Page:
VIRGINIA KEY, Fla.--(BUSINESS WIRE)--Last week, the University of Miami (UM) officially opened its state-of-the-art research complex on the Rosenstiel School of Marine and Atmospheric Science campus. The seawater-equipped complex supports groundbreaking, ocean and atmospheric research on hurricanes, coastal structures, marine life, human health and disease, and more.
The 1,000 gallons of seawater being pumped every minute into research laboratories is the lifeblood of the new $50 million Marine Technology and Life Sciences Seawater Complex. The 86,000-square foot LEED-certified facility supports research in two critical focus areas: air-sea interactions and marine life science.
The Glassell Family Foundation generously provided support for one of the two buildings of the Seawater Complex, the Alfred C. Glassell, Jr., SUSTAIN (Surge-Structure-Atmosphere Interaction) research facility, the only laboratory in the world capable of generating category-5 hurricane-force winds in a 3-D test environment. The 38,000-gallon SUSTAIN tank provides scientists and engineers with access to critical observations within a realistic but controlled environment to study the impacts of hurricane force winds and other extreme weather events on coastal communities.
Located in the other building of the Seawater Complex, the Marine Life Science Center brings together Rosenstiel School’s internationally recognized research in tropical marine biology and biomedicine under one roof. The Center provides a dedicated space for maintaining and studying living marine animals, including several species of fish and corals. Cutting-edge coral reef research, for which the Rosenstiel School is renowned, focuses on assessing and measuring the effects of climate change and ocean acidification on global reef-building processes. The space also houses the NIH-funded National Resource for Aplysia, the only facility in the world that cultures and raises sea hares (Aplysia californica) for scientific research in aging, memory, and learning.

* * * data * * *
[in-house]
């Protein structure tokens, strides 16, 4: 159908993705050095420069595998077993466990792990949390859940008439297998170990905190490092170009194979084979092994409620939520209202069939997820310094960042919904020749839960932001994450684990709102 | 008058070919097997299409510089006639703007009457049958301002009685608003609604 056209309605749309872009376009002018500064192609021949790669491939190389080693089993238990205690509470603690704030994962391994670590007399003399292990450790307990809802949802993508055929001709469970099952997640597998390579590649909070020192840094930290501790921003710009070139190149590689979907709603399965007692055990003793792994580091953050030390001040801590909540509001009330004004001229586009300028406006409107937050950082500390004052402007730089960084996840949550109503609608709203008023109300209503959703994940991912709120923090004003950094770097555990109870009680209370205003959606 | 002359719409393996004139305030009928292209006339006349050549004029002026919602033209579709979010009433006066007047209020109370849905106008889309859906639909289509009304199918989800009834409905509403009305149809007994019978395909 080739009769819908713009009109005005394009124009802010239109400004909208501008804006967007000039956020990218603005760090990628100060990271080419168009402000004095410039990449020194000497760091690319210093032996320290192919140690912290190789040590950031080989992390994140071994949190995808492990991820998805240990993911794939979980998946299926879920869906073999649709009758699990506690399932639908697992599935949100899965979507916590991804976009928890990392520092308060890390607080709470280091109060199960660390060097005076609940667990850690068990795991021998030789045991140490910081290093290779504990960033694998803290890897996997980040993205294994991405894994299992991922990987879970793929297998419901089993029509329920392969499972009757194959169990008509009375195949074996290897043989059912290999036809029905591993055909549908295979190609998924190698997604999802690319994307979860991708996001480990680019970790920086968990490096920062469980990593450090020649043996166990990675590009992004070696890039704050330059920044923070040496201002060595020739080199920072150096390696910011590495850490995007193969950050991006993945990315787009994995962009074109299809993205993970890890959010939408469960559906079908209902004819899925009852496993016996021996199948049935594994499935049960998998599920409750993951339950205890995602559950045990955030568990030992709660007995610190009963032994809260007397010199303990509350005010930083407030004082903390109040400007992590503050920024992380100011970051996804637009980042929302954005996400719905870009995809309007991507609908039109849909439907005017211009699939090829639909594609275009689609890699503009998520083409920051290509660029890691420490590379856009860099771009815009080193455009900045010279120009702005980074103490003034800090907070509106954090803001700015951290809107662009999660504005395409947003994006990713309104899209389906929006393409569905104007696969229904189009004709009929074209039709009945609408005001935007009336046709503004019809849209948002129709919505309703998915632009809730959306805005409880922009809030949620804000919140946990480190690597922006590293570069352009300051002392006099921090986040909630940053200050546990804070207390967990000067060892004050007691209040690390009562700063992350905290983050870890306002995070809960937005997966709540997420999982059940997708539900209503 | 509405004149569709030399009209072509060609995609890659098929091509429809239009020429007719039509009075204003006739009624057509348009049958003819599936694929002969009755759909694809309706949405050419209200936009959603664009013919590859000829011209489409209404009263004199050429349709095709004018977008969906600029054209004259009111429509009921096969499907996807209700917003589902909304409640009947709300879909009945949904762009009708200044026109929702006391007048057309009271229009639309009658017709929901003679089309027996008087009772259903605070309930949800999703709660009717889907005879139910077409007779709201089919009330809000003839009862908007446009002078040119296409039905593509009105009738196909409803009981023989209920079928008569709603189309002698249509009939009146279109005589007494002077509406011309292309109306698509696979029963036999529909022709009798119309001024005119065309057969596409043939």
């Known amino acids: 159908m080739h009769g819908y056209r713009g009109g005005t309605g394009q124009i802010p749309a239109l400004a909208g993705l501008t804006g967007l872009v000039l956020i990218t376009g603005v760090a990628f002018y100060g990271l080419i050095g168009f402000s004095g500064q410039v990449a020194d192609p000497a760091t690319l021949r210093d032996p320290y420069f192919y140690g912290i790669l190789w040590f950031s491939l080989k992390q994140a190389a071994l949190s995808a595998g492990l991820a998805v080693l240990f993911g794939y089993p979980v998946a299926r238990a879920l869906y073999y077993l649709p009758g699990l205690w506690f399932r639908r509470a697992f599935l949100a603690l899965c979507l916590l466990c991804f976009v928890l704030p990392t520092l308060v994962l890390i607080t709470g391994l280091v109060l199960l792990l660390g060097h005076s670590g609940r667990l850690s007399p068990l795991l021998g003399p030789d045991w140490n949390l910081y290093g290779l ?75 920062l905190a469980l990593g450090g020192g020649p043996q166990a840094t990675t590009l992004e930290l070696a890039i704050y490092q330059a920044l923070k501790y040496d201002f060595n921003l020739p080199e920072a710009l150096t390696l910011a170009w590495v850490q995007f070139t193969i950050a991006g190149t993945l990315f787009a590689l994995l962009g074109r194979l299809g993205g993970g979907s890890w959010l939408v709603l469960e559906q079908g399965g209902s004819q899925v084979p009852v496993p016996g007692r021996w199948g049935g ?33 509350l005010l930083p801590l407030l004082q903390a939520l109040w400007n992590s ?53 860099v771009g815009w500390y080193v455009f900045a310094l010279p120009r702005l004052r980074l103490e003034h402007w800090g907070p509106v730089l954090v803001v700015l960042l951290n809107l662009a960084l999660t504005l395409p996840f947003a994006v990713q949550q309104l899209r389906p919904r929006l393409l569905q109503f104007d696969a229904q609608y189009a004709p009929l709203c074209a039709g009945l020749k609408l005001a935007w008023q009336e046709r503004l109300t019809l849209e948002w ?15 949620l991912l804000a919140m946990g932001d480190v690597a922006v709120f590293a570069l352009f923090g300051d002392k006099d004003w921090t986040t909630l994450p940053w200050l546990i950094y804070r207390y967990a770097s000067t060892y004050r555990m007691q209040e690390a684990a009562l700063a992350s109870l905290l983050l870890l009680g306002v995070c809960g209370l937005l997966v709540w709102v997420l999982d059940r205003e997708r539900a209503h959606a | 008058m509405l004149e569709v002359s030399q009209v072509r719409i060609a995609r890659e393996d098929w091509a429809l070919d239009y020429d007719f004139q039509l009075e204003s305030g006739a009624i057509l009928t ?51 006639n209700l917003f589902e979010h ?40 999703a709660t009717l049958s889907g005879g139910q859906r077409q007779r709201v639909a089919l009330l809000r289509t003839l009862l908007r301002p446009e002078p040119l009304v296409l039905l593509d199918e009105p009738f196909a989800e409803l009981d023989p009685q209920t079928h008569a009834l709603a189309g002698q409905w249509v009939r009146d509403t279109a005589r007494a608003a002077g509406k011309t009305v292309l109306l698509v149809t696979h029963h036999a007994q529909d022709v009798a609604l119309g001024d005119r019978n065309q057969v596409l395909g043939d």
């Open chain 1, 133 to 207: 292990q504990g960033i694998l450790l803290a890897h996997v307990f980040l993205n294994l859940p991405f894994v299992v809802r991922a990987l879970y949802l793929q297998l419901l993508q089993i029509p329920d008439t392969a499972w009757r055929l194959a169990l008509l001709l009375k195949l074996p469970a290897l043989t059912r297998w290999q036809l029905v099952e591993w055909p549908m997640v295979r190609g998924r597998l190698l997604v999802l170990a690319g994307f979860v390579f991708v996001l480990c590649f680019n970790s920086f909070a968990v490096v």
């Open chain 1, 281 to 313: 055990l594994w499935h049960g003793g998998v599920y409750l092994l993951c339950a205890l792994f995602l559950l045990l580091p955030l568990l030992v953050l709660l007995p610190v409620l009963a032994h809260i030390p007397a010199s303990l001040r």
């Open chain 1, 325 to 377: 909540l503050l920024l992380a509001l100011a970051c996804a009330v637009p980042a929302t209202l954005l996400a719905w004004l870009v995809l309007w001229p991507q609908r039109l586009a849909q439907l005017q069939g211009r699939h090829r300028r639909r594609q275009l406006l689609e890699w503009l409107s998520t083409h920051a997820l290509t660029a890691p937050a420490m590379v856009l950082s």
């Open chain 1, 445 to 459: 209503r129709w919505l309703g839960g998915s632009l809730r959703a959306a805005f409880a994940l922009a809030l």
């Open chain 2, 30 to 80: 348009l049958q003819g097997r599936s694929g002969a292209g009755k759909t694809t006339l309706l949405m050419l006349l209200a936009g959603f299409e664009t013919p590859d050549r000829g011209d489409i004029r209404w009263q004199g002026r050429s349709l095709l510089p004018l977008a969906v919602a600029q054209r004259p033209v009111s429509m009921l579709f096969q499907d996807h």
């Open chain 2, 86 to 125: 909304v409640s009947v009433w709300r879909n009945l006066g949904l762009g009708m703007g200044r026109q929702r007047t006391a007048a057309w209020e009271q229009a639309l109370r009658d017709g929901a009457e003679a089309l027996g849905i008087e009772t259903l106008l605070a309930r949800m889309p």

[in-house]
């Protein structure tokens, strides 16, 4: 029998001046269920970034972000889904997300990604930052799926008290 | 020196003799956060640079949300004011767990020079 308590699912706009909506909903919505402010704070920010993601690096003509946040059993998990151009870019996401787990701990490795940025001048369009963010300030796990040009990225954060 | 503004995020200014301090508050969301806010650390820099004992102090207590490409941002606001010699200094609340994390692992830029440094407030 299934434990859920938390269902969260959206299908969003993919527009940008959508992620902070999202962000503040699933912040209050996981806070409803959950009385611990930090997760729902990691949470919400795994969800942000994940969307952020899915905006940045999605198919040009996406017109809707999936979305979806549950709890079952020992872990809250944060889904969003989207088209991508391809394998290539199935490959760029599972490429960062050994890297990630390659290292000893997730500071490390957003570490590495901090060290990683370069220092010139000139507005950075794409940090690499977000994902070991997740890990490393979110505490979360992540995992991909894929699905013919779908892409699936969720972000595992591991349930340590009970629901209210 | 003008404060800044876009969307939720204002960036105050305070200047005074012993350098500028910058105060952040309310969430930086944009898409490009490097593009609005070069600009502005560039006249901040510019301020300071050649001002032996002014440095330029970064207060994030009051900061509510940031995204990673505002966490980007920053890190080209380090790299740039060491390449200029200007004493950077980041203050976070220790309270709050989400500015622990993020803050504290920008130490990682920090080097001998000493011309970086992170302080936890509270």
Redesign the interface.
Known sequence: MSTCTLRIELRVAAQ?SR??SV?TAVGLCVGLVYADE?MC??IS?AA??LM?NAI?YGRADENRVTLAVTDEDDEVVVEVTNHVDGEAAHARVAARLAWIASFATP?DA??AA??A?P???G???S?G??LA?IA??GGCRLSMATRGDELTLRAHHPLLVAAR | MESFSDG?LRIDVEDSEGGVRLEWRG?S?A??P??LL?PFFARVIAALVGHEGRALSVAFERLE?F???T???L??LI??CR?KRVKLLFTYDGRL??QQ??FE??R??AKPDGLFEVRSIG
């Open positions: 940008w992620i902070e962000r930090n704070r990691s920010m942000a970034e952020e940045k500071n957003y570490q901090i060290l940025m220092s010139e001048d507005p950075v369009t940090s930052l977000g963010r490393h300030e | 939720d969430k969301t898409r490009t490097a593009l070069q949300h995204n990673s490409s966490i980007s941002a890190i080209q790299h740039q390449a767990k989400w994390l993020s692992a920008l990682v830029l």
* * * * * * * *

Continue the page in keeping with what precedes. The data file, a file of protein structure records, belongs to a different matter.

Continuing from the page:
UM was awarded a $15 million competitive grant from the National Institute of Standards and Technology (NIST) of the U.S. Department of Commerce for the new Seawater Complex, which is funded by the American Recovery and Reinvestment Act (ARRA). In addition to the Glassell Family Foundation, generous gifts from the Marta Weeks Family and the G. Unger Vetlesen Foundation have made the completion of the building possible. Cambridge Seven Associates were the architects and Suffolk Construction built the complex.
Momentum2: The Breakthrough Campaign for the University of Miami seeks to advance learning, elevate scholarship, and make bold strides in health care in the community, across the country, and around the world. Momentum2 comes on the heels of the institution’s record-breaking Momentum: The Campaign for the University of Miami, which concluded at the end of 2007 and raised more than $1.4 billion for endowed chairs and professorships, scholarships, facilities, academic and medical programs, and other initiatives. www.miami.edu/momentum2.